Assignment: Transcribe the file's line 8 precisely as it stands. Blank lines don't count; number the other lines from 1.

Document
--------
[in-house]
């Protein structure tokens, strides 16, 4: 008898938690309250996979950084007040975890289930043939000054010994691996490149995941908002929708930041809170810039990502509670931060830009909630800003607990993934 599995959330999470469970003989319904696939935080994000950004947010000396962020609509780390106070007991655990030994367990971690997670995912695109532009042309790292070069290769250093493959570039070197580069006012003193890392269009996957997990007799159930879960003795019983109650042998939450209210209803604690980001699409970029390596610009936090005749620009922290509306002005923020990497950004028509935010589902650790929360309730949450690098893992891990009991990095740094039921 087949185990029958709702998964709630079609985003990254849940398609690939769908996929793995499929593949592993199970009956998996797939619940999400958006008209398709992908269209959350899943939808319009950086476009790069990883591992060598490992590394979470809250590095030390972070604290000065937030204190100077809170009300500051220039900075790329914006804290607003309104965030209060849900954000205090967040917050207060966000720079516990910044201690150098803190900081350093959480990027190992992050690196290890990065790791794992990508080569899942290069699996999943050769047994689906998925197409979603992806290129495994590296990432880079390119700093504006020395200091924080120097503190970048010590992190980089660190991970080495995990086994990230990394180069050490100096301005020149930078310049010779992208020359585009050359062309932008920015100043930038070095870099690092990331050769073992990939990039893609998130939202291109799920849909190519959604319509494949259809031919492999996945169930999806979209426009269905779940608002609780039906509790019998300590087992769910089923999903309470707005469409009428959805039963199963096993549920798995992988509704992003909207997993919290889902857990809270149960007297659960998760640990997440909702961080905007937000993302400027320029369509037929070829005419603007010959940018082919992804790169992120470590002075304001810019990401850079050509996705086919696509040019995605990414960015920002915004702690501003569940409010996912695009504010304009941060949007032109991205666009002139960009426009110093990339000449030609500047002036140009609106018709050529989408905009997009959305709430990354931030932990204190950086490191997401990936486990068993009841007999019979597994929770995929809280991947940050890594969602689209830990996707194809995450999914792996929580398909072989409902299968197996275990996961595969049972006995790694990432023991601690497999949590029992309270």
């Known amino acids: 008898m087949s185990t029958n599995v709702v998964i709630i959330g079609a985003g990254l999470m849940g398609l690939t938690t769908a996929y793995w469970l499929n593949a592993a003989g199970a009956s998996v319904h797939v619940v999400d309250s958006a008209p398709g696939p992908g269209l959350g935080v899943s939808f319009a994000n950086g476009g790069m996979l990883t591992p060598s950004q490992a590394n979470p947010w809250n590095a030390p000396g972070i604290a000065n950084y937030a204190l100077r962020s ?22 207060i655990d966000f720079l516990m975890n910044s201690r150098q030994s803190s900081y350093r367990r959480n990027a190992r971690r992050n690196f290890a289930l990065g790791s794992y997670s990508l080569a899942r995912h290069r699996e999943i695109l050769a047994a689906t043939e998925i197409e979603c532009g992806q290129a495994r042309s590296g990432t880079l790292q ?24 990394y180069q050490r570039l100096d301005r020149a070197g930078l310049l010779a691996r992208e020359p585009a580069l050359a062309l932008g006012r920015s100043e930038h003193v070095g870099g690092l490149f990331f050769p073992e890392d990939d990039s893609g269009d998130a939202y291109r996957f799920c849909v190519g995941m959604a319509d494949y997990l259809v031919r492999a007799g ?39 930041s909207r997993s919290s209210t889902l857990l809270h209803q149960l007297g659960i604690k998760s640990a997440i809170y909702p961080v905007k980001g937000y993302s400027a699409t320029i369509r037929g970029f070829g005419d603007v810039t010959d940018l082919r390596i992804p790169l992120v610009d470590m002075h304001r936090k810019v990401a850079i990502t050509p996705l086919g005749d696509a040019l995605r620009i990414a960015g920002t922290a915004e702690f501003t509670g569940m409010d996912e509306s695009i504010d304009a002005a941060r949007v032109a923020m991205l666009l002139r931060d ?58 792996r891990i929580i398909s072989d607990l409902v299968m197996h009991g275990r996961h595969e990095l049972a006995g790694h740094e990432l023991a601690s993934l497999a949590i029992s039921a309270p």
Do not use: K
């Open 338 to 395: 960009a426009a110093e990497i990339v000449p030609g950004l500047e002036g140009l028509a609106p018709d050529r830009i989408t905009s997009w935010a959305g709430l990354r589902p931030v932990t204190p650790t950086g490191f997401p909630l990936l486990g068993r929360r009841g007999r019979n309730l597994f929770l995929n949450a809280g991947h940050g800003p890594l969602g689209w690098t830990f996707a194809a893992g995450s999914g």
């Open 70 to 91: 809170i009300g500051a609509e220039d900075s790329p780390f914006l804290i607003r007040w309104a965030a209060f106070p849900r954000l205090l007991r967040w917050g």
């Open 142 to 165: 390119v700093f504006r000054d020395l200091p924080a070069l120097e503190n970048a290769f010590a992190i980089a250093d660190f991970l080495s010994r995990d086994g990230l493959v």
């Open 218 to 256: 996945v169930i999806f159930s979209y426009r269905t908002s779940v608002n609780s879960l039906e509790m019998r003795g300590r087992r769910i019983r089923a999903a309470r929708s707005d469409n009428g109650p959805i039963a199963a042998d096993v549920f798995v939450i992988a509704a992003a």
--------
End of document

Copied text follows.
């Open 218 to 256: 996945v169930i999806f159930s979209y426009r269905t908002s779940v608002n609780s879960l039906e509790m019998r003795g300590r087992r769910i019983r089923a999903a309470r929708s707005d469409n009428g109650p959805i039963a199963a042998d096993v549920f798995v939450i992988a509704a992003a």